RICHMOND, Va. -- Hours after Governor Ralph Northam signed a bill into law to repeal the death penalty, a member of the prosecution team for both of Virginia's death row inmates, said he had concerns for the victims' families.
Inmates, Anthony Juniper and Thomas Porter, were sentenced to die following separate convictions of Capital Murder. Now, they'll spend life in prison without parole.
"We can't forget the victims and their family members," said retired Norfolk Deputy Commonwealth Attorney Phil Evans.
Evans said as a prosecutor, he understands laws change, but he was troubled that there wasn't more communication with the family members of the victims.
He said in the Porter case, the court determinations being changed was not something that was directly communicated to the family prior to it occurring in the General Assembly.
"They've invested a lot of emotional energy in the case. And, so, it's not that they would not understand the dialogue of the change in the legislation. I think it's important that their consideration be given to them and they are integrated into the discussion prior to it occurring in the General Assembly, or certainly prior to the legislation being approved," said Evans.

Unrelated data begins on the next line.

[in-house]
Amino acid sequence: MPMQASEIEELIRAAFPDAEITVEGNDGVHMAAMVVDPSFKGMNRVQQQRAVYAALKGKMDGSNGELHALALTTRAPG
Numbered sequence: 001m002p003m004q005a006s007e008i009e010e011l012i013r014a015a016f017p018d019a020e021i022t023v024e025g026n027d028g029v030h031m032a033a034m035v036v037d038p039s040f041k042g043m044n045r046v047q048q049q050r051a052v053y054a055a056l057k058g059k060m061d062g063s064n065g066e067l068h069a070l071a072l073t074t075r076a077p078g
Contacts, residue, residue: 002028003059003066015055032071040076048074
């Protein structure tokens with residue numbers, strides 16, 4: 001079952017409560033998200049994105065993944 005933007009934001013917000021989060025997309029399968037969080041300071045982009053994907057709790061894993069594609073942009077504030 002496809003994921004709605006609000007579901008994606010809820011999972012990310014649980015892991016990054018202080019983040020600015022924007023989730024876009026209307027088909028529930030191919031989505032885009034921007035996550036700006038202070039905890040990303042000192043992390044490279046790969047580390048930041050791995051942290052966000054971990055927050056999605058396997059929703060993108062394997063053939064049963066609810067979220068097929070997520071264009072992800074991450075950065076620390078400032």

Meanwhile, CBS 6 Legal Analyst Todd Stone, said he believed Wednesday's abolishment of the death penalty was a step toward fairness in the justice system.
"Unfortunately, our system isn't perfect either. It's made up of human beings who exercise their own discretion and judgment. And we're not always correct," said Stone. "It's a lot easier to reverse an error if somebody is sent to prison than it is... obviously, it's impossible if someone's put to death."
Stone added the death penalty was expensive and time-consuming, and subject to human bias.
"A prosecutor in a rural jurisdiction in Western Virginia might make a very different decision about a death penalty case, then a prosecutor in Richmond," said Stone.
Northam's signing of the Death Penalty Repeal Bill Wednesday came after nearly 1400 executions had been carried out in the state since 1608.